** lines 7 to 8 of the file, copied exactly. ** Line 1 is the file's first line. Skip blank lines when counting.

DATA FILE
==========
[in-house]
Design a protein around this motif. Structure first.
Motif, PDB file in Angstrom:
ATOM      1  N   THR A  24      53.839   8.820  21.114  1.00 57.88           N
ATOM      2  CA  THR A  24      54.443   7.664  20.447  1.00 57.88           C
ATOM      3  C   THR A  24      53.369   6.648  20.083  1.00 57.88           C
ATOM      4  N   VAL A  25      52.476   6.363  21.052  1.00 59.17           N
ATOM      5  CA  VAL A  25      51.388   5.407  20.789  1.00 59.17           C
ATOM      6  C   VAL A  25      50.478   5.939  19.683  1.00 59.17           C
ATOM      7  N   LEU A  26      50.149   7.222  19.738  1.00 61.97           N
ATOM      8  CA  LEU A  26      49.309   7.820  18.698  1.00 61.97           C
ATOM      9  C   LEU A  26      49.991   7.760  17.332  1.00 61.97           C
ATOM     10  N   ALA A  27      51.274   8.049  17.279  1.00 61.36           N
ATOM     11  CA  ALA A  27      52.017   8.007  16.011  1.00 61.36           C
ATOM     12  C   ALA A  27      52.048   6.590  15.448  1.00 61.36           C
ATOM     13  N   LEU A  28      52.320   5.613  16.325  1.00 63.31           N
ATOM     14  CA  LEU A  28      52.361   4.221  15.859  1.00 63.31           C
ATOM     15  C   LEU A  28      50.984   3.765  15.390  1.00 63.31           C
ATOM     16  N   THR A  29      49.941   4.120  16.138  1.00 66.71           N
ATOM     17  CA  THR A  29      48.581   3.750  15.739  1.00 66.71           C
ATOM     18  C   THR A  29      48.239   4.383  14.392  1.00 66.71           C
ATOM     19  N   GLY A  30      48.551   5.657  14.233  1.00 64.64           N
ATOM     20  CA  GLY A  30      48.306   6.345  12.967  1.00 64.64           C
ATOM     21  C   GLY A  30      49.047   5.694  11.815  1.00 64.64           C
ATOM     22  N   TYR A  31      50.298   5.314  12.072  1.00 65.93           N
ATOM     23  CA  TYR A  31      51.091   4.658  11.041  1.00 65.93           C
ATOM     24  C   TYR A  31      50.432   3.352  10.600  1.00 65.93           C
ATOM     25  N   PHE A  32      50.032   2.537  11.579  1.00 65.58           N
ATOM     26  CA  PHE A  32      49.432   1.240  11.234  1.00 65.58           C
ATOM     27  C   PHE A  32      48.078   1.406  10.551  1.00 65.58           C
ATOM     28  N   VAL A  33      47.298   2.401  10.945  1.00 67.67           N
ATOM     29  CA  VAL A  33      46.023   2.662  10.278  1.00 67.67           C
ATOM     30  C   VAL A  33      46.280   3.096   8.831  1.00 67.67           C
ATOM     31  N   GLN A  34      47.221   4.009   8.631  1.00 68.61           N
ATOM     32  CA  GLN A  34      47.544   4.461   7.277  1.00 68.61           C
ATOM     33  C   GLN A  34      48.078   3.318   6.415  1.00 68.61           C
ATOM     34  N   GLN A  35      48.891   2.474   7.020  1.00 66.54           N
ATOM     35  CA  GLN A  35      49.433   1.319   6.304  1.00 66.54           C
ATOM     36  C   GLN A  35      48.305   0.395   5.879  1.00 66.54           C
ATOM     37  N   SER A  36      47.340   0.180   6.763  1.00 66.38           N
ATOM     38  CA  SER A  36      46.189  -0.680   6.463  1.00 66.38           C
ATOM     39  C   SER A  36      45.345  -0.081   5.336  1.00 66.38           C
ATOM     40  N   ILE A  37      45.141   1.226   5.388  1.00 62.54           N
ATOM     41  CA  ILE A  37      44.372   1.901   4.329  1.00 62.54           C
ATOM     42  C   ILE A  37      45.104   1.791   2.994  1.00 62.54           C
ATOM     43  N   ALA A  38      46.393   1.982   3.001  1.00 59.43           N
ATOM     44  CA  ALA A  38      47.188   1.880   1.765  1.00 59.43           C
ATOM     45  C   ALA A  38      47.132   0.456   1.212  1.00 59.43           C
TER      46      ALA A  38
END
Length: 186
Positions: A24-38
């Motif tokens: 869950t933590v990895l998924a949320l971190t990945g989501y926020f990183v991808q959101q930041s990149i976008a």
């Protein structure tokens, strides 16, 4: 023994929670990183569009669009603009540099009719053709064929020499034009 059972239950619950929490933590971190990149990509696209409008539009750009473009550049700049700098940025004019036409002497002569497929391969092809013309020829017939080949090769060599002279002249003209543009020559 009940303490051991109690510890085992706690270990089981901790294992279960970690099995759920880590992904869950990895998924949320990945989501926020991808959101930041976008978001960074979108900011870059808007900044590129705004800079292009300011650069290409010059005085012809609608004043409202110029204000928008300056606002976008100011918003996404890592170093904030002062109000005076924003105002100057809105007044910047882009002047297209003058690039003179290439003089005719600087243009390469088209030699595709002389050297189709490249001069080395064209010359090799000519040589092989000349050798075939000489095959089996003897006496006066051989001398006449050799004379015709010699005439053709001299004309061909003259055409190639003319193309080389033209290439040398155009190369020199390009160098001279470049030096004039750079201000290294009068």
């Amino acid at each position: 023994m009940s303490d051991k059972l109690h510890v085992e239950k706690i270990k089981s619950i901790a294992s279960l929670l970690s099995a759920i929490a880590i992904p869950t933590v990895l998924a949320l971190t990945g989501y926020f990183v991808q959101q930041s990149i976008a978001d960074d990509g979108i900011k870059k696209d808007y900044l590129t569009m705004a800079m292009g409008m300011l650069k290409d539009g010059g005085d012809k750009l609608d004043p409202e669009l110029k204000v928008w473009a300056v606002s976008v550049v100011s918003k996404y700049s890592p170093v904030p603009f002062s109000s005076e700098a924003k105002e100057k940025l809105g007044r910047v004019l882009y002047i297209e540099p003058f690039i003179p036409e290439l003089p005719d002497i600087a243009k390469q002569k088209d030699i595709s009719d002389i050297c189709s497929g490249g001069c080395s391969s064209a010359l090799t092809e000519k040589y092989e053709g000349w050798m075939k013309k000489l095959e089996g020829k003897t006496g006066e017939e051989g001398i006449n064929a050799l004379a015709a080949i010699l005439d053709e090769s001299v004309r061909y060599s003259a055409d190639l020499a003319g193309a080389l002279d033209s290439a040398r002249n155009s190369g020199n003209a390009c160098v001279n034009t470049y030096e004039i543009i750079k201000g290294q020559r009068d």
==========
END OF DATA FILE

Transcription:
ATOM      4  N   VAL A  25      52.476   6.363  21.052  1.00 59.17           N
ATOM      5  CA  VAL A  25      51.388   5.407  20.789  1.00 59.17           C